A federal appeals court upheld the theft of trade secrets conviction against former Korn/Ferry Int. executive recruiter David Nosal Tuesday on all six counts that he accessed the company computer to steal client names in order to set up his own recruiting firm.
But the 9th U.S. Circuit Court of Appeals reversed the nearly $1 million restitution award against Nosal to cover the attorney fees for Korn/Ferry, which paid to help prosecutors investigate Nosal.
Nosal, 57, of Danville, Calif., was convicted of conspiring with two other employees in 2005 to gain access to the executive search firm’s files for large numbers of targeted job candidates developed by Korn/Ferry. Following his conviction in 2013, Nosal was sentenced to one year in prison.
The appeals court split 2-1 to uphold the six-count conviction. Judge Stephen Reinhardt dissented saying this was a case of password sharing. The Computer Fraud and Abuse Act (CFAA) does not make the millions of people who engage “in this ubiquitous, useful and generally harmless conduct into unwitting federal criminals.”
Reinhardt argued the majority give too sweeping a power to prosecutors to prosecute people criminally for such conduct.
Nosal’s case previously went to an 11-judge en banc review, which forced the government to throw out six counts of computer hacking against Nosal.
The majority in Tuesday’s ruling found the CFAA criminalizes accessing a company computer “without authorization,” which it held Nosal did under the plain meaning of the words.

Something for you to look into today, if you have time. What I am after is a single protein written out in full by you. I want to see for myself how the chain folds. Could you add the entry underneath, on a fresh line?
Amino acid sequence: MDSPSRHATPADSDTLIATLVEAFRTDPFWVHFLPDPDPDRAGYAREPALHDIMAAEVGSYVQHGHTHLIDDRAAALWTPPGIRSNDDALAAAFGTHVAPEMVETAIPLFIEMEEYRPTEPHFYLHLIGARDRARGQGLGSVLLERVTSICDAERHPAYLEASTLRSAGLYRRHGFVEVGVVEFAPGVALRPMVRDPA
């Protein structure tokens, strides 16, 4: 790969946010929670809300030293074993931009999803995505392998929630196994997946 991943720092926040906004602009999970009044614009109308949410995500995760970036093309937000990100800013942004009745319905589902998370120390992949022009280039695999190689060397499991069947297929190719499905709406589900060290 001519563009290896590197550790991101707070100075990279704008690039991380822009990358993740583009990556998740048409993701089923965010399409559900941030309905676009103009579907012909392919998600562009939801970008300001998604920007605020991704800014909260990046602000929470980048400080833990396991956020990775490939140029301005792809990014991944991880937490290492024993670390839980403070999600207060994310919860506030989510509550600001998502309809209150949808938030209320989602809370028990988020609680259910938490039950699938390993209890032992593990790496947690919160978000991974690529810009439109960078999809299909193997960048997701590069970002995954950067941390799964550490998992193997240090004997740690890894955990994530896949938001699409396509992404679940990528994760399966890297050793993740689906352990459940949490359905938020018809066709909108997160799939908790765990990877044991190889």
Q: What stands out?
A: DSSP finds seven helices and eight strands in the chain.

Reinhardt countered, “If we interpret ‘without authorization’ in a way that includes common practices like password sharing, millions of our citizens would become potential federal criminals overnight.”
Prosecutors convinced jurors that Nosal colluded with two other Korn/Ferry employees to get them to sneak into the firm’s database and download source files.
Reinhardt argued that the “best reading” of “without authorization” under CFAA is narrow: “a person accesses an account ‘without authorization’ if he does so without having the permission of either the system owner or a legitimate account holder.”
“Nosal’s case illustrates some of the special dangers inherent in criminal laws which are frequently violated in the commercial world, yet seldom enforced,” Reinhardt said.
As for the $1 million attorney fee restitution, Korn/Ferry hired international corporate law firm, O’Melveny and Myers to investigate Nosal and the two employees accused of giving him access to the company computer after he left the firm. One of O’Melveny’s lead attorneys had recently left the U.S. Attorney’s office and referred the case to her former colleagues personally, the court said.
The law firm provided the government with liability theories it believed would help convict Nosal. At the same time, the company filed a civil suit against him. It also sought $1 million in compensation for O’Melveny’s work to assist the criminal prosecution.
The panel unanimously said that award must go back to the trial court for reconsideration.
Case: U.S. v. Nosal, No. 14-10037